A touch of Ghana

   Soaking in the humidity, I walked onto a bus going anywhere. I signed up blindly for the experience of a “homestay” in this strange new place, Ghana. The excruciating humidity blanketed my eyelids as we drove hours through a beaten up jungle road. Dust tumbled up and painted children’s faces with a dirt coating while tall lean women balanced enormous jugs, pans, bottles, and sticks on top of their skulls. This was Ghana, a place that never rested. Through the hilly jungles we abruptly took a turn down a hill. Peaking through the trees, the ocean waves called out. The winds picked up and we found a small fishing village hidden between the tumble weed.

   We found our homestay, a beautiful set of houses on the beach. Each house surrounded by children of all sizes waiting for our arrival. Their faces beamed and hands came up to hug or high five us. Happiness and joy surrounded us as we walked out into our first local Ghanian experience. Four women awaited us and embraced everyone. They gave us a tour and then served a steaming hot dinner. We sat around wooden tables with a beautiful view of the beach and talked to our individual “mothers” like a family dinner of eight. My mother was Veronica. She had big brown eyes and a shy smile. She told us she loved her job and meeting people from America. She spoke softly and said, 

“My real dream though is to go to America.” 

   She continued then to plead for one of us to take her to America. I gave her my information and told her to come stay at my house in Boston whenever she was able to. 

   That night we danced under the stars. The locals all came around us in a circle and beat drums and sticks, making a majestic rhythm. Children from the village came to perform and watch. Kids ages 6 to 10 appeared in traditional outfits and crowns. They started to dance with the gleam of the bonfire on the beach. There stomachs twisted and turned as they made aggressive, amazing movements. They pounded their fists in the air and created a story with their strong little bodies. They took our hands and brought us into the circle and tried to teach us the dances. A failed attempt.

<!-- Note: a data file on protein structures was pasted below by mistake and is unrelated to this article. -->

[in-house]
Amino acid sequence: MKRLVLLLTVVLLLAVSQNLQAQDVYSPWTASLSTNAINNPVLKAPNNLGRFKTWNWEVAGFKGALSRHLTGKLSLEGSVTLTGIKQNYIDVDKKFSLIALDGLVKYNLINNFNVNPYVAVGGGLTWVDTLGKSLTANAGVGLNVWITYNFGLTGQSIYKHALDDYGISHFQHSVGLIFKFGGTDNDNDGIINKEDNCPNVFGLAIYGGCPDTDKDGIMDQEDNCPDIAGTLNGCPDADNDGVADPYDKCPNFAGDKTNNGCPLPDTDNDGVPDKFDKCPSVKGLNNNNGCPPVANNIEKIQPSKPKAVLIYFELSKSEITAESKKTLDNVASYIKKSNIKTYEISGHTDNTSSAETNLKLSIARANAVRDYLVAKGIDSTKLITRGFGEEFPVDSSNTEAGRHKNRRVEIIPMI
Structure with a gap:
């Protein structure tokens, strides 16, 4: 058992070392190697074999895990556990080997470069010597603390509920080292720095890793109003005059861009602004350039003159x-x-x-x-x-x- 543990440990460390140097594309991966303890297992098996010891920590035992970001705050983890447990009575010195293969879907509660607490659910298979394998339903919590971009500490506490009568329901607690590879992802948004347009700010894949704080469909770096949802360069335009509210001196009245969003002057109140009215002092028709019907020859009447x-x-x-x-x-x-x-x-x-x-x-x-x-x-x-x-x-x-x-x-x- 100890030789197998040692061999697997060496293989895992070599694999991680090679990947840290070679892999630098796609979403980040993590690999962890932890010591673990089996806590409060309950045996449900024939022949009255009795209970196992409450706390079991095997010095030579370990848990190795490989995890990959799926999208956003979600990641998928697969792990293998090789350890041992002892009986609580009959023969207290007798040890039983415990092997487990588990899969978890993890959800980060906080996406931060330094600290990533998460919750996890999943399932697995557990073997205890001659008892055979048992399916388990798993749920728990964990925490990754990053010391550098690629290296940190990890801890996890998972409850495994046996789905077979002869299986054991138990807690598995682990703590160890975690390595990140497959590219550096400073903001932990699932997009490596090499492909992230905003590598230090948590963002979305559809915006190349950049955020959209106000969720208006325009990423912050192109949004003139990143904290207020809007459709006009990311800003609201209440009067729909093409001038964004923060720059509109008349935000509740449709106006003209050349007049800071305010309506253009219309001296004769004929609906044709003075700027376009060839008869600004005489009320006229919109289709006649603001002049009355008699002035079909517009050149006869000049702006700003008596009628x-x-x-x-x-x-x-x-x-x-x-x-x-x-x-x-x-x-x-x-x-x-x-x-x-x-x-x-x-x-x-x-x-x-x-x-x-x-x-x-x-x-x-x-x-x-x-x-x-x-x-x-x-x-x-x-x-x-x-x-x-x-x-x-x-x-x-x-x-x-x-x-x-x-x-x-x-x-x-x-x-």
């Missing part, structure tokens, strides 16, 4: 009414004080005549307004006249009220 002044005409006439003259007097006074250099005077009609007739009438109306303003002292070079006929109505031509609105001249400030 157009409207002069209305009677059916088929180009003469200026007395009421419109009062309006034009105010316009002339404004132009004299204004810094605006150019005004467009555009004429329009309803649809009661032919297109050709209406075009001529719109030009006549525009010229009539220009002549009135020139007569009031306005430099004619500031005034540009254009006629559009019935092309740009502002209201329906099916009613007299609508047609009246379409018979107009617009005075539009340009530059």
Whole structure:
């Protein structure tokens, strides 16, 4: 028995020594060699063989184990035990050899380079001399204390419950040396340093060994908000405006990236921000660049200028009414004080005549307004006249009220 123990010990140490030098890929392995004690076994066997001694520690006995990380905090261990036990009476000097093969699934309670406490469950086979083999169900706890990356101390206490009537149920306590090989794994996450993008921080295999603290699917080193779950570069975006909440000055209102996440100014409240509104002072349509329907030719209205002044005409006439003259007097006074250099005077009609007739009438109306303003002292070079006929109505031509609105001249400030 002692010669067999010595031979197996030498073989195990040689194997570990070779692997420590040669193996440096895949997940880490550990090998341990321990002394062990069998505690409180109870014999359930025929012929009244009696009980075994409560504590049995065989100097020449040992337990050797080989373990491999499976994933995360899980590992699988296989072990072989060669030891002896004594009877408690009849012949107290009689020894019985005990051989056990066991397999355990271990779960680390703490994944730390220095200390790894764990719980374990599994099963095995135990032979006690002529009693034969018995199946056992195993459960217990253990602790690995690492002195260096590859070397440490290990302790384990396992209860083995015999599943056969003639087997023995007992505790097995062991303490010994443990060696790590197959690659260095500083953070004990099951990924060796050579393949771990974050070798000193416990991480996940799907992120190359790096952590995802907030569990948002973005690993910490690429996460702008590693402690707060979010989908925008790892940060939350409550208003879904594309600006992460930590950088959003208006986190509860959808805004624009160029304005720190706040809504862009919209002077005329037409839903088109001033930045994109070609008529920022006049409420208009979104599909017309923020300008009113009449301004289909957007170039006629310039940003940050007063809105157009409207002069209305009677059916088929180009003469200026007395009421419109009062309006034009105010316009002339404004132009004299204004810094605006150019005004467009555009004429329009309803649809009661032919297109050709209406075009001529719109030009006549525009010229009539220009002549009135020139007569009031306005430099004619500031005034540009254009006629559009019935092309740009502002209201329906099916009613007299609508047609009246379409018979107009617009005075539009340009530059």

I stepped back and breathed in the sweet grass in the air, the hint of the burning bonfire, and felt the warm energy of the locals touch as they hugged up around me. I felt whole and one with the world. This was Ghana, an experience to never forget. 




Ghana= 9/10

(Visit in the Winter)




{In Ghana I felt whole and one with the world. I felt part of the community, at peace, and one with my surroundings and the Ghanaian people. The villagers said they always have dance circles and the whole village comes. This gave everyone a sense of being, living, and participating within a community. The love and happiness I felt, surrounded and consumed me.

   Even though these people were below the poverty line, as defined by the world bank in Ghana, they were rich with communal support. Poverty is defined as “Less than $2 a day and Extreme poverty: less than $1 a day” earned. (Global Studies Slides: 20 Ghana, 2) According to the SAS spring 2018 Fact-book, people below the poverty line in Ghana makes up 24.2% of the population. In this Ghanaian village, material wealth did not directly correlate to emotional well being or happiness. The joy and happiness I felt from these villagers was like nothing I had ever felt.

   This Ghanaian village does not have the same technology we have access to and does not consume nearly as much as Americans do. What they do have though, is the African philosophy of, Ubuntu. Meaning, ”humanity”. This is often translated as “I am because we are,” and also “humanity towards others”.  In the philosophical sense it means, “the belief in a universal bond of sharing that connects all humanity”. (Wikipedia, Ubuntu Philosophy, pg. 1, https://en.wikipedia.org/wiki/Ubuntu_philosophy) After this experience, I realized that in America, there was no sense of community or love like this other than in your family unit. Neighborhoods usually do not come together for dance circles or frequent communal gatherings. In my own hometown, a false sense of community is created by social media and Facebook. In my generation, phone screens block people off from real communication and meaningful connection. America is a consumption based country. Even though we have so much, we lack one essential thing, the love and sense of community the Ghanians have. Being completely discontented from technology and being present, coexisting as a unit, they have a real connection to one another. This feeling of oneness, I will never forget. It was truly a critical experience where I learned something invaluable from this small Ghanaian community. An appreciation of humanity towards others makes life much more rich. I hope to live my life caring about others and placing more value on community. I now understand the wealth of this knowledge and will take it home with me to share.}